Polymorphism, cannibalism, epigenetics, and biological conflict: The many stories of Tetrahymena vorax - Part I

  • Lakshminarayan Iyer

There are fascinating stories in biological systems and here is one I recently learnt thanks to the ASSETT program. https://tetrahymenaasset.vet.cornell.edu/science-modules/by-name/cannibalism-and-inter\nspecific-predation/ Tetrahymena vorax is much larger than Tetrahymena thermophila. It also looks very different, swims more like a fish and very interestingly shows a great degree of polymorphisms in shape. As the resources in a growth medium depletes, or when nutrition is low, and/or if other ciliates like Tetrahymena thermophila are present in the same surroundings, Tetrahymena vorax undergoes a remarkable change, where it transforms from a small-mouthed form (microstome), to about 10 times bigger with a large mouth (macrostome). These macrostomes now either eat the microstome forms and other species in the surroundings. Experiments show that in such a situation where Tetrahymena thermophila is also present in the surroundings, they prefer it to its own microstome kin. Interestingly, under these circumstances, some of the microstome forms grow long tails and these appear to be resistant to macrostome cannibalism. What a fascinating story!! First lets look at the three forms.

1. These polymorphisms remind me of the polymorphisms in ant colonies, where soldiers can be really large compared to workers. In ants the evolution of the caste structure and specializations resulted in the selection of different sizes for different functions. What is the value of these polymorphisms in T. vorax?

2. If one were to model these as populations, cannibalism causes a reduction or maintenance of population, as it eats its kin and then splits to give microstomes, so two replace two. So ultimately, there is really no gain in numbers. Further, as the culture grows older the proportion of the giant cannibals increase in the population. Why might it be so? It would be worthwhile quantitating the ratios of the different forms under different growth media.

3. Perhaps when resources are limiting, scavenging for other organisms, might be a better way of getting nutrition. Another thought is that if cannibalism of other species might actually be a way to get DNA from other organisms?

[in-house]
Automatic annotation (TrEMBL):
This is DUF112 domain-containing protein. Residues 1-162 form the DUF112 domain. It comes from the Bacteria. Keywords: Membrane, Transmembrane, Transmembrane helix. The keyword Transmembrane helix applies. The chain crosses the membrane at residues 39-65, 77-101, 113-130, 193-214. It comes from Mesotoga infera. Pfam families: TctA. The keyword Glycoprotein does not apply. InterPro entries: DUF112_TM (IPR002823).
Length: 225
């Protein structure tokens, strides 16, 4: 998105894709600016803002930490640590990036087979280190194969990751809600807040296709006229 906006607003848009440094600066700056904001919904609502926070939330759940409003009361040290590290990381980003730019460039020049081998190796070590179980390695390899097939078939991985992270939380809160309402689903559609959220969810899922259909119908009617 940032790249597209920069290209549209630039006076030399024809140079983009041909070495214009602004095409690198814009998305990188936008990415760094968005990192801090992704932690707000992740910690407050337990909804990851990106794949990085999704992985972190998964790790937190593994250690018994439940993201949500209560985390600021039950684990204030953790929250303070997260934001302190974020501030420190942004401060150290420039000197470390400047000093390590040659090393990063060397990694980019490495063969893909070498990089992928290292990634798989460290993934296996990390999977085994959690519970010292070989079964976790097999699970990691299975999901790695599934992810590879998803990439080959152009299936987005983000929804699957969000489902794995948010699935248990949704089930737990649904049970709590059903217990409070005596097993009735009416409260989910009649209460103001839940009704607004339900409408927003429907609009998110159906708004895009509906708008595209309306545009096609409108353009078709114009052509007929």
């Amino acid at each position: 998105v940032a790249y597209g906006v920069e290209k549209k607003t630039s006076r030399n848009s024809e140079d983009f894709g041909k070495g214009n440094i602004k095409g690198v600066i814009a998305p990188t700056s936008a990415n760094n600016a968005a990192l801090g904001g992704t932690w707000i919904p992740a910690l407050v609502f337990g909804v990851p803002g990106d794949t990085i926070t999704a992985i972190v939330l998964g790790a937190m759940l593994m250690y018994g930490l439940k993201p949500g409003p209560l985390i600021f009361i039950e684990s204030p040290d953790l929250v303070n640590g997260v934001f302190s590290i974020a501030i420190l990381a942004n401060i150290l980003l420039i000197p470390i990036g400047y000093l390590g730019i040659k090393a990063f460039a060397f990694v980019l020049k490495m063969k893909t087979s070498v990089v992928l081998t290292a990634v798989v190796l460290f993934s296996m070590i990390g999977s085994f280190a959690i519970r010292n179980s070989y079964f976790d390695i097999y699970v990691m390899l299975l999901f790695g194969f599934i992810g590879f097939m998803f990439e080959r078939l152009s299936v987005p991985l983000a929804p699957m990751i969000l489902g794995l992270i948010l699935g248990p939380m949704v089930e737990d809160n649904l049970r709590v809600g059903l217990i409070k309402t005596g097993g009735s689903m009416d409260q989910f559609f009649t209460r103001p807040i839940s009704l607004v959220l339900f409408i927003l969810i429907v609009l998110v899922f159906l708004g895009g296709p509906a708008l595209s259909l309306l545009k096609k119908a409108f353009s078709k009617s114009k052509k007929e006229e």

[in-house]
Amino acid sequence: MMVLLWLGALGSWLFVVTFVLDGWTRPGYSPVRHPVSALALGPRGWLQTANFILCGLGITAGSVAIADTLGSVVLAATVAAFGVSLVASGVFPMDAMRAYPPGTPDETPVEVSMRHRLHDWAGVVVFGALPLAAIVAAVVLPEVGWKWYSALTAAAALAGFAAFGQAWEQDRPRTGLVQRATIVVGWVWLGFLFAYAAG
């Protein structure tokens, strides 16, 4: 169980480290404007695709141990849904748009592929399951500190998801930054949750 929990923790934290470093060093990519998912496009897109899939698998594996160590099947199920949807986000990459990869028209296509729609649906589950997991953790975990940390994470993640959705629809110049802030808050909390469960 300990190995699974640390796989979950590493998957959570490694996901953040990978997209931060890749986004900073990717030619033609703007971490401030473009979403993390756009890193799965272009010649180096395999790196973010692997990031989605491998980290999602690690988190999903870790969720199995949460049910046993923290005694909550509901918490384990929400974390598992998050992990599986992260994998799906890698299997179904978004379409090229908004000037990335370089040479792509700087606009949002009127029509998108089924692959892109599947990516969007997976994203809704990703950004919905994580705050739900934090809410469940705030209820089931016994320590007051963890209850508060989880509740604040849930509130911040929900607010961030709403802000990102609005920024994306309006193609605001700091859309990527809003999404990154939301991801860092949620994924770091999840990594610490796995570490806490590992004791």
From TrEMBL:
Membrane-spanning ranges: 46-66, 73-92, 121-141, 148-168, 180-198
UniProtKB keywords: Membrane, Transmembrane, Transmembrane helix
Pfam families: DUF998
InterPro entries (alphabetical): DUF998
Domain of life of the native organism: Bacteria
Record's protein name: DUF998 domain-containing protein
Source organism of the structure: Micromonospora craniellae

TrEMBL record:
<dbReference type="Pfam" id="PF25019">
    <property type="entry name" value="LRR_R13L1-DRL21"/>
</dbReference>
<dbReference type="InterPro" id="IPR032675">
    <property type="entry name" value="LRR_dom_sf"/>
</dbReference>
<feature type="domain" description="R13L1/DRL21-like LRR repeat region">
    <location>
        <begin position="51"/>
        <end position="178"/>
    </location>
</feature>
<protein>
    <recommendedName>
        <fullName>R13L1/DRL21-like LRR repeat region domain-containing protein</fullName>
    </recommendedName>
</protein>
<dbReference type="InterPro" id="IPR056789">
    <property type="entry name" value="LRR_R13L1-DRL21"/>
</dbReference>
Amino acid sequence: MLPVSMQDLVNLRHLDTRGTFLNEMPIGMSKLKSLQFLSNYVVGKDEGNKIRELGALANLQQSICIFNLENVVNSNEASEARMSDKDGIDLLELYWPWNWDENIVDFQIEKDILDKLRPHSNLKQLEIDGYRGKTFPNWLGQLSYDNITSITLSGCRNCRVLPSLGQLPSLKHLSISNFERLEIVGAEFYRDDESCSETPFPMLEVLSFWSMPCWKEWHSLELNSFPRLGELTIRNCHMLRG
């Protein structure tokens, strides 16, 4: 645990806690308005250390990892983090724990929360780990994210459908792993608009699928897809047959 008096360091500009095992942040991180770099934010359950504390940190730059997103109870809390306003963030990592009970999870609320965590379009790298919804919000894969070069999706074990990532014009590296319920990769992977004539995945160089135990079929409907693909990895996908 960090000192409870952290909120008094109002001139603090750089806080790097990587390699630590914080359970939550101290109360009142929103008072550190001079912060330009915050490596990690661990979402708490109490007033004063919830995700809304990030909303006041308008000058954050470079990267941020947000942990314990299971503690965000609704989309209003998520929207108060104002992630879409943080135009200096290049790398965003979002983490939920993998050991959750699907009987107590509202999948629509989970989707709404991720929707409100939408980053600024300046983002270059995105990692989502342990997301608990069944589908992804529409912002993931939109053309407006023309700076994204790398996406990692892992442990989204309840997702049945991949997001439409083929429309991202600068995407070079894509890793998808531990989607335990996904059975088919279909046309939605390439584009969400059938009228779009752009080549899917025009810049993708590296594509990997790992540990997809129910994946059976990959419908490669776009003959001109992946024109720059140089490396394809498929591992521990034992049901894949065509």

3. We are often used to seeing different ciliates in a pond water sample. i am now beginning to wonder how many might be the same species after all??

4. These morphological and behavioral changes with the same genetic setup suggests that macrostomy is an epigenetic phenomenon. Our group discovered candidate DNA adenine methylases in ciliates (https://www.ncbi.nlm.nih.gov/pubmed/26660621)– Could adenine methylation be involved in regulating macrostomy? Clearly studying epigenetic changes in the different forms is a fantastic molecular biology problem.

5. Sadly, the era of ciliate model systems is dying and sometimes I wonder if these issues will ever be looked at again with the fancier molecular biology tools of today. Most work on macrostomy described above is about 50 years old. I guess one shouldnt be too pessimistic.

Tetrahymena vorax makes fascinating stories in exhibitions. Here we are explaining the different forms at the US Science and Engineering Festival-2018, where I had the pleasure of meeting Christine and Rebecca from Foldscope Instruments.

The best part of the foldscope is that I get to share my observations with an 8 year old and it is a lot of fun.

In my next post I shall put up my experiments with vital stains that enhance various aspects of the ciliates.

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